Papa Stour, Shetland
Papa Stour – 22 miles of indented coastline, rich in history, geology, archaeology and wildlife – is designated a Special Area of Conservation. Lying west of mainland Shetland and exposed to the full force of the Atlantic Ocean, the west coast has been carved into an unrivalled spectacle of cliff scenery that overlooks a tremendously rich marine environment.
Photo: Connor Henry The subterranean caves and passages are some of the best examples in the UK; the 360-metre long Hole of Bordie is the fourth longest sea cave in the world.
The island, a kayaker’s heaven, is home to grey and common seals and otters, while harbour porpoise and killer whale sightings are fairly common in summer. Eighteen species of sea bird breed here, spring and autumn migrants pass through, and a wide variety of wildflowers and lichens make for a colourful landscape.
Papa Stour derives its name from (ON) Papey Stóra – big island of the priests. Missionary Celtic priests are thought to have settled here as early as the 6th century, although the island (made mainly from volcanic rocks) was first populated around 3000BC. In the 19th century around 360 folk stayed on Papa Stour, but today only a handful of people live here full time.
Shetland’s oldest surviving document, dated 1299, pertains to Papa Stour and mentioned a stofa – a Norse wooden house. Between 1977 and 1982 excavations at Da Biggins (ON bygð – a hamlet/village) revealed the remains of a wooden floor, believed to be that of the stofa, and this has been partially reconstructed. Interpretive panels explain the historical background and the process of reconstruction.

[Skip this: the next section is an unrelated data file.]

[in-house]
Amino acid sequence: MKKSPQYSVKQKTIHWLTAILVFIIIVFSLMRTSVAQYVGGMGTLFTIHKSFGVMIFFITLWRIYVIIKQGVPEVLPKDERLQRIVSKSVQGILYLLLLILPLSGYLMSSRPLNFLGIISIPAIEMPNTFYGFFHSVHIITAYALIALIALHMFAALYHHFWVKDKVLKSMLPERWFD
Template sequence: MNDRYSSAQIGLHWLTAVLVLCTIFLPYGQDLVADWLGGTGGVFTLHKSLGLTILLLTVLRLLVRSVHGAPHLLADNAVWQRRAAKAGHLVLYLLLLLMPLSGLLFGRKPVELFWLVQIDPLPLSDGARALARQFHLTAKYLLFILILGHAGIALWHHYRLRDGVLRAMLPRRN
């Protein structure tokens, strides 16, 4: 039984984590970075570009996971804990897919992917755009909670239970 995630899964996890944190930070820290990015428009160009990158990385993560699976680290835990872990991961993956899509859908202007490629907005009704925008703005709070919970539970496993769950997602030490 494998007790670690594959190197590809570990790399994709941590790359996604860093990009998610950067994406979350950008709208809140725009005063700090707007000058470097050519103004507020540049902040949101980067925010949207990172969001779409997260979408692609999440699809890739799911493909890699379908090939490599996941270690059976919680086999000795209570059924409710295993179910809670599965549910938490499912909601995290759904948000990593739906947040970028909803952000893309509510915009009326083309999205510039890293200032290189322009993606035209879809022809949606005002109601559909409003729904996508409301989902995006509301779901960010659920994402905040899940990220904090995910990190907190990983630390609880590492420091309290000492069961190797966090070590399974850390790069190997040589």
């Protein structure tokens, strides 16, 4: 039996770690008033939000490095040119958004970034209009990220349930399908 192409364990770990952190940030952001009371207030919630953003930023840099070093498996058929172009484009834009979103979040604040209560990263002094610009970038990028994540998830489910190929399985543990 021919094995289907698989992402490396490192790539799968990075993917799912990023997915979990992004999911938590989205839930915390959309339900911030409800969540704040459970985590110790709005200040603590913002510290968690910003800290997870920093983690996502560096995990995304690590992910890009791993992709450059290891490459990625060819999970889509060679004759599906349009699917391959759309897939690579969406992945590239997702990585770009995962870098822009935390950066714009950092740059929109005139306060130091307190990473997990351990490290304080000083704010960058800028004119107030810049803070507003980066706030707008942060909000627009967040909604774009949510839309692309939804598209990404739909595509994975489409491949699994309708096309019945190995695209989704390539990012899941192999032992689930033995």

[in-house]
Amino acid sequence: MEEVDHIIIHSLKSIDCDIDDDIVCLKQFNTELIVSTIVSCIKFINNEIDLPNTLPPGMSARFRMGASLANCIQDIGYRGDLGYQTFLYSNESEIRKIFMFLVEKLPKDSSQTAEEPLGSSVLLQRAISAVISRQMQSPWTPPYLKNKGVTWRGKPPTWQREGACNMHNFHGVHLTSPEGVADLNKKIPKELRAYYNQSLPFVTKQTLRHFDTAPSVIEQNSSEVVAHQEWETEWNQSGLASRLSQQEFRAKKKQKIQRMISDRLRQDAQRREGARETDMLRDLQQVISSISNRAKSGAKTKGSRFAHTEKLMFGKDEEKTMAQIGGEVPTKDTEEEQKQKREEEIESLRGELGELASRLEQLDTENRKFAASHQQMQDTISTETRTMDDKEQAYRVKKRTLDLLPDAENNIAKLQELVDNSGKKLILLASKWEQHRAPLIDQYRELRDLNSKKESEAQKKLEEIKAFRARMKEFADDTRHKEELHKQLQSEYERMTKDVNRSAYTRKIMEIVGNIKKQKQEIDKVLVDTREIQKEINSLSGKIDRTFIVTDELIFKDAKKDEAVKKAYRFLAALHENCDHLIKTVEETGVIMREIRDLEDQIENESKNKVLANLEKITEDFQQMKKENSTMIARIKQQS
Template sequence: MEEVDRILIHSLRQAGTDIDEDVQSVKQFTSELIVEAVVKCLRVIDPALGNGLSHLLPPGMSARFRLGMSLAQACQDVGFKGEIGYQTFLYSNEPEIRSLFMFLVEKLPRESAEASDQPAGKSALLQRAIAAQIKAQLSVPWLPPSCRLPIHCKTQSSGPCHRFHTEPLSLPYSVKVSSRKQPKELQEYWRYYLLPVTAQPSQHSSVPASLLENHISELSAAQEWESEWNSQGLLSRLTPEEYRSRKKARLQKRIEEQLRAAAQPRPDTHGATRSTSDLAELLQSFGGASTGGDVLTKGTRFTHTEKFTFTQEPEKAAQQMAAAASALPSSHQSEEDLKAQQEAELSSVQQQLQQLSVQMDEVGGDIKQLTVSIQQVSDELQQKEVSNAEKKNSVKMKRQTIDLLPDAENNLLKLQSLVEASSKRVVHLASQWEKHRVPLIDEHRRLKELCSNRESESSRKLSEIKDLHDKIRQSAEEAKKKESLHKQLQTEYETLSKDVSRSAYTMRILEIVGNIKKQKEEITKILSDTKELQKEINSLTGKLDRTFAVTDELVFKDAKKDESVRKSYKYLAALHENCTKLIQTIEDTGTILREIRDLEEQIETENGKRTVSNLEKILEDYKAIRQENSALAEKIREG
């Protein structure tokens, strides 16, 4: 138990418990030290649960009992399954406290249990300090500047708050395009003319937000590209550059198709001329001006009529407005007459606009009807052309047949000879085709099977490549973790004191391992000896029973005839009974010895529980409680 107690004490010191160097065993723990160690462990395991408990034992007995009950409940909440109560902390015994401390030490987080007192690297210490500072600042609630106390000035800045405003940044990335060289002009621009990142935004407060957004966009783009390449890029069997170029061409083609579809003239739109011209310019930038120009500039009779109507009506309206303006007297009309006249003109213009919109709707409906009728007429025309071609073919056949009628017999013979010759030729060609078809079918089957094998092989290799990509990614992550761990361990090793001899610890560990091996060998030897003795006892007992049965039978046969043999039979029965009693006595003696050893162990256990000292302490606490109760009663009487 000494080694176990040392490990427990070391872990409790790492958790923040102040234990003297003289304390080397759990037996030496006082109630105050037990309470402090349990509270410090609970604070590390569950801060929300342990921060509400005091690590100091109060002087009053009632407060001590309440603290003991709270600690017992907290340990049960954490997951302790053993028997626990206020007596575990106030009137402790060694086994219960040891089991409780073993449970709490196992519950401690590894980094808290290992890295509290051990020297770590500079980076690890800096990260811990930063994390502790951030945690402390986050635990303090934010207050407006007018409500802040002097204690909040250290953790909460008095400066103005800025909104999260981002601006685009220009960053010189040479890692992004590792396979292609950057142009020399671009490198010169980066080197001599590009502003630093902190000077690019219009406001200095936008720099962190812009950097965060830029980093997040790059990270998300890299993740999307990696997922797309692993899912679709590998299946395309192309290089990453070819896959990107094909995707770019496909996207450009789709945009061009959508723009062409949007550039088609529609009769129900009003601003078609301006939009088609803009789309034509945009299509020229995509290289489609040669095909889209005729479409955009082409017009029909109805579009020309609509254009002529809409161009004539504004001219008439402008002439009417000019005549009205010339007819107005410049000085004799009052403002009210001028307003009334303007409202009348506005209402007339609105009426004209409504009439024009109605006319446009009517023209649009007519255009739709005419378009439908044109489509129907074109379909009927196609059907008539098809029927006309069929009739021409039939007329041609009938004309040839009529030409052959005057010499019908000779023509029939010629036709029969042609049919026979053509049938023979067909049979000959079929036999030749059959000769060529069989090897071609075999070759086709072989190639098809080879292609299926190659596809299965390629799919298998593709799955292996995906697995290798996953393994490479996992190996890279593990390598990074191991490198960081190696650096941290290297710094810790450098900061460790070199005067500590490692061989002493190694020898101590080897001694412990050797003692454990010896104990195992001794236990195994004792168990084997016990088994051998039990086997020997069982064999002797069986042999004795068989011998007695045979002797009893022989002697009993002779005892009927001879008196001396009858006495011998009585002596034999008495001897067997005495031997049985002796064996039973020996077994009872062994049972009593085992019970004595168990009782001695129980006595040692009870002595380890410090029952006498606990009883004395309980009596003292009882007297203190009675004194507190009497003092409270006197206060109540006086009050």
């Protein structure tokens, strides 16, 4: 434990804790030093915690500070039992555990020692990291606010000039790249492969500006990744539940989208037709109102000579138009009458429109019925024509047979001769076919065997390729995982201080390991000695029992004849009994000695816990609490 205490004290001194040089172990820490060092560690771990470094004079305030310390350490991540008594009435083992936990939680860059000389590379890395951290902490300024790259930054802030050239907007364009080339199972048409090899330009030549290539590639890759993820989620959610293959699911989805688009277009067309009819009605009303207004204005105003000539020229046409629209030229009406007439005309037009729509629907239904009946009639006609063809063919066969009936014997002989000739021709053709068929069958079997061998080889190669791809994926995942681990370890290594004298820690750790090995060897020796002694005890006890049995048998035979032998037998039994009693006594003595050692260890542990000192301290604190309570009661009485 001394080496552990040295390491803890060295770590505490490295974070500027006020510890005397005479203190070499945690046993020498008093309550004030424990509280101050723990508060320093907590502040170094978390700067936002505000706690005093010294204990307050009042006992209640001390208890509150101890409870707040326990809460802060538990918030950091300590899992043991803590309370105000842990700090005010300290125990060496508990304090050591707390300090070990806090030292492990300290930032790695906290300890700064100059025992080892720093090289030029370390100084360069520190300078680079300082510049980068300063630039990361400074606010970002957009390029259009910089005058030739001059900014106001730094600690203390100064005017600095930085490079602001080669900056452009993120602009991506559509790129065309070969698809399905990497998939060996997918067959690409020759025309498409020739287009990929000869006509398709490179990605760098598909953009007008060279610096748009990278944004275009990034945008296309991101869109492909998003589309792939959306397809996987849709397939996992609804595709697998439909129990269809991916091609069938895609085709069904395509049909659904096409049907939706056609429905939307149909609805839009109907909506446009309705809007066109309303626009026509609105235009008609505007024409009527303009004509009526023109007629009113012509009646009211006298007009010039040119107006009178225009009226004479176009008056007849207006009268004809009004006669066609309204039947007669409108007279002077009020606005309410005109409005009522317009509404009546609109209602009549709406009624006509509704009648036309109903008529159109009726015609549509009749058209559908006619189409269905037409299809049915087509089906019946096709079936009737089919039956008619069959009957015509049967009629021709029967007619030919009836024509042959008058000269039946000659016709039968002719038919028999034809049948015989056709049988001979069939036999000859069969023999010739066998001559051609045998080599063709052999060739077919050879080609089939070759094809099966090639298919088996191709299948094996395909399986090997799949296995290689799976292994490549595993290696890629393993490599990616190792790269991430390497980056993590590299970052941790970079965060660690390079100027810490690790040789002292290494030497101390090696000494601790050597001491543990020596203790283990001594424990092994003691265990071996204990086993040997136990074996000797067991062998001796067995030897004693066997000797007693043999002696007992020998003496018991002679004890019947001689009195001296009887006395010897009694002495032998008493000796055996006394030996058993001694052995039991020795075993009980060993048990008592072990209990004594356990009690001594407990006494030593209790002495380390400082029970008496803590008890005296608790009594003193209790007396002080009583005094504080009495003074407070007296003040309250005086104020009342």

Norway ruled until the 17th century. A ring of 46 stones, said to be the Norse Law Ting, can still be seen at Housa Voe.
Photo: Peter Parker Neolithic archaeological sites were exposed when soil was scalped from the west of the island and carried to the east to improve the agricultural land. The remains of a ‘leper’ colony are on the Hill o’ Felie. Folk were banished here suffering not from leprosy but disease caused by malnutrition and vitamin deficiency. The last ‘leper’ died in the late 18th century.
The Papa Stour Sword Dance, depicting the seven saints of Christendom, culminates in a shield of interlocking swords. Sir Walter Scott describes the dance in his novel The Pirate, which resulted from his visit to Shetland in 1814.
The stained glass window at the kirk was designed by Victor Noble Rainbird in 1921 and is the only surviving example of the artist’s work. Behind the kirk is a small interpretive centre run by the Papa Stour History Group. Islanders are currently raising funds to renovate the kirk buildings for use as a history and community centre.
In 1930, the Ben Doran was impaled on the Ve Skerries. Rescue attempts were unsuccessful and resulted in a lifeboat being stationed at Aith from 1933. The Elinor Viking hit the Ve Skerries in 1977. The crew was winched to safety and, as a consequence of the accident, the Northern Lighthouse Board provided a lighthouse on these treacherous rocks in 1979.
Coastal sights on this interesting and very peaceful island include Kirstan Hol and Maiden Stack, but the ‘Horn of Papa’, the famous stack mentioned in the well-known song Rowin Foula Doon, was swept away in a storm in 1953.
Photo: Austin Taylor There’s a small camp space at the pier and the ferry waiting room has tea/coffee facilities and public toilets. There’s no shop so enough supplies for your stay should be brought with you.
The inter-island ferry sails from West Burrafirth. Advance booking is essential on 01595 745804; ferry information 01595 743977; www.shetland.gov.uk/ferries.
Inter-island flights leave from Tingwall Airport. Book with Airtask Group on 01595 840246;
Check with Visit Scotland for accommodation information.
The Shetland Times Bookshop has a great range of books, maps, guides and gifts.